24. ^ Serbian Church changes its decision not to take part in Pan-Orthodox Council. Interfax-Religion. 15 June 2016, 15:52
  25. ^ Serbian Church says will leave forum on Crete if position of those who refused to participate in it is ignored. Interfax-Religion. 15 June 2016, 16:58.
  26. ^ a b (in Greek) Πρώτη Συνεδρία της Ιεράς Συνόδου της Ιεραρχίας της Εκκλησίας της Ελλάδος. ECCLESIA.GR. 8.3.2016.
  27. ^ (in Greek) Δώδεκα Μητροπολίτες παραιτούνται από τη Μεγάλη Σύνοδο των Ορθοδόξων. ΠΡΩΙΝΟΣ ΛΟΓΟΣ. 24 ΜΑΙΟΣ 2016.
  28. ^ (in Greek) H Αντιπροσωπεία της Εκκλησίας της Ελλάδoς στη Μεγάλη Σύνοδο. Greek American News Agency. 31 Μαΐου 2016.
  29. ^ Met. Hierotheos Vlachos. JUST BEFORE THE HOLY AND GREAT COUNCIL. Pravoslavie.Ru (Holy Metropolis of Nafpaktos and Saint Vlassios). June 16, 2016.
  30. ^ Delegacioni i Kishës Orthodhokse Autoqefale të Shqipërisë për Sinodin e Shenjtë dhe të Madh. Orthodox Autocephalous Church of Albania. Enjte, 09 Qershor 2016 17:49.
  31. ^ Metropolitan Rastislav of Czech Lands and Slovakia, on first irenic visit to Constantinople. 17.05.2016.
  32. ^ a b "Amid shrieking family rows, the Christian east strives to find its voice". The Economist. 18 June 2016. Retrieved 18 June 2016.
  33. ^ "Statement of the Secretariat of the Antiochian Holy Synod, on the 6th of June 2016". Greek Orthodox Patriarchate of Antioch and All the East. Archived from the original on 8 November 2017. Retrieved 7 November 2017.
  34. ^ "Statement of the Secretariat of the Holy Synod of Antioch, Balamand, 27 June 2016". Greek Orthodox Patriarchate of Antioch and All the East. Archived from the original on 10 November 2017. Retrieved 7 November 2017.
  35. ^ Damick, Andrew Stephen; Noble, Samuel (20 June 2016). "The Great Orthodox Council: Antioch Is Different". First Things. Retrieved 12 August 2016.
  36. ^ Russian Church insists on rescheduling Pan-Orthodox Council. Interfax-Religion. 13 June 2016, 19:16.
  37. ^ MINUTES OF THE HOLY SYNOD SESSION OF APRIL 16, 2016. The Russian orthodox Church - DECR. 04.05.2016 16:57.
  38. ^ a b c (in Russian) ЖУРНАЛ заседания Священного Синода от 16 апреля 2016 года. 4 мая 2016 г. 13:37.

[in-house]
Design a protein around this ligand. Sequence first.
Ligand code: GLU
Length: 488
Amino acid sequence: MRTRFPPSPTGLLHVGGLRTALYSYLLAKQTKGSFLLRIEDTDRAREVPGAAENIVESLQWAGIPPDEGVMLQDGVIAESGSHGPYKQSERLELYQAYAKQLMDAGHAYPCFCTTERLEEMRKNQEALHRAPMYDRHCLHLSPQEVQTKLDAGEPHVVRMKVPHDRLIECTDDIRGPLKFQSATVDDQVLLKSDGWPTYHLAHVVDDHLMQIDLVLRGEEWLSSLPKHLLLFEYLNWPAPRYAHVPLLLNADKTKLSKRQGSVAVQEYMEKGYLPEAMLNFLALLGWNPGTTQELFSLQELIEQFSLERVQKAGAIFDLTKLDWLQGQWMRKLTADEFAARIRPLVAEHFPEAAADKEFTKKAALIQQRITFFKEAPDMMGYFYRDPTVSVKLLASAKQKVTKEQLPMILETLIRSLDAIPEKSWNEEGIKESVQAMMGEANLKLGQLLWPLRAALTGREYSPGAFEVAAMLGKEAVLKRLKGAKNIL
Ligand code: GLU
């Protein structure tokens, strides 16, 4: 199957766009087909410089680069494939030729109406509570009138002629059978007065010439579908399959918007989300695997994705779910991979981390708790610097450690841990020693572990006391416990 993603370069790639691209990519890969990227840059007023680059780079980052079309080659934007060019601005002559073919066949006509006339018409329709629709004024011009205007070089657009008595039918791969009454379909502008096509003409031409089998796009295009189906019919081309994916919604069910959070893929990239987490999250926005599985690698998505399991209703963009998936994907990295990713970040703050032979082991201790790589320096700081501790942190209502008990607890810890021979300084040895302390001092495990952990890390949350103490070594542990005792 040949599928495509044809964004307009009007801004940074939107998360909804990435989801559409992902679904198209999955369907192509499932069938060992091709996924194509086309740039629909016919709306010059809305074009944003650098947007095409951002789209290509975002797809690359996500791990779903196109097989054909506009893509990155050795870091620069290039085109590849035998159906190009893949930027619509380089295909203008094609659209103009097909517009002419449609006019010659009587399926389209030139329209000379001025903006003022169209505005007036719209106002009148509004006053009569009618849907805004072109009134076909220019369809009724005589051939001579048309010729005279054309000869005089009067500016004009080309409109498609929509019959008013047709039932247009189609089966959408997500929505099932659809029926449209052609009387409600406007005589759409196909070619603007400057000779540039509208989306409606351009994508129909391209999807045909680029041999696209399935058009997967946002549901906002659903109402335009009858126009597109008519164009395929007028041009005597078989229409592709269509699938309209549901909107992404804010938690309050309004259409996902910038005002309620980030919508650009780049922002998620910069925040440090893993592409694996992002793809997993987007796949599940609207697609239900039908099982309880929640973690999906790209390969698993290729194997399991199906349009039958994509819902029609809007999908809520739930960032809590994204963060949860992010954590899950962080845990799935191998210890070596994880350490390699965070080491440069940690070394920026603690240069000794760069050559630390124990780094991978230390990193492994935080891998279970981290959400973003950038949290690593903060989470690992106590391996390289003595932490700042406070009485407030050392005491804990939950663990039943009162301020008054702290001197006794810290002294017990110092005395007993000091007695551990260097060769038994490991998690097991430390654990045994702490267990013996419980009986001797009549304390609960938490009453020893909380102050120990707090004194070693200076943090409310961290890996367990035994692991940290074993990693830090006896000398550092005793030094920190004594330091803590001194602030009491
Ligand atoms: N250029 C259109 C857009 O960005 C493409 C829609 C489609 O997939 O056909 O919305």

39. ^ "Russian delegates walk out of talks with Vatican over dispute with another Orthodox church". World-Wide Religious News. 11 October 2007. Retrieved 5 January 2017.
  40. ^ "Position of the Moscow Patriarchate on the problem of primacy in the Universal Church". The Russian Orthodox Church. 26 December 2013. Retrieved 5 January 2017.
  41. ^ Lambriniadis, Elpidophoros (2 December 2014). "First without equals: A response to the text on primacy of the Moscow Patriarchate". The Ecumenical Patriarchate. Retrieved 5 January 2017.
  42. ^ Clive Leviev-Sawyer. Bulgarian Orthodox Church withdraws from Pan-Orthodox Council in Crete. The Sofia Globe. June 1, 2016.
  43. ^ "Georgian Church decides not to participate in Pan-Orthodox Council". Interfax-Religion. 10 June 2016. Retrieved 12 August 2016.
  44. ^ "Final Decision of the Church of Georgia on the Council of Crete (SUMMARY)". OrthodoxEthos. 27 December 2016. Retrieved 4 January 2017.
  45. ^ "წმიდა სინოდის სხდომის ოქმი". საქართველოს საპატრიარქო (in Georgian). 22 November 2016. Archived from the original on 11 June 2018. Retrieved 4 January 2017.
  46. ^ Holy Synod of Bishops of the Orthodox Church in America (6 June 2016). "Holy Synod issues Statement, Petitions on the Holy and Great Council". Orthodox Church in America. Retrieved 30 March 2017.
  47. ^ Mavrick, Nick (13 June 2016). "Over 1,000 Orthodox Scholars Urge the Council to be Held in June 2016". Orthodox Christian Network. Retrieved 30 March 2017.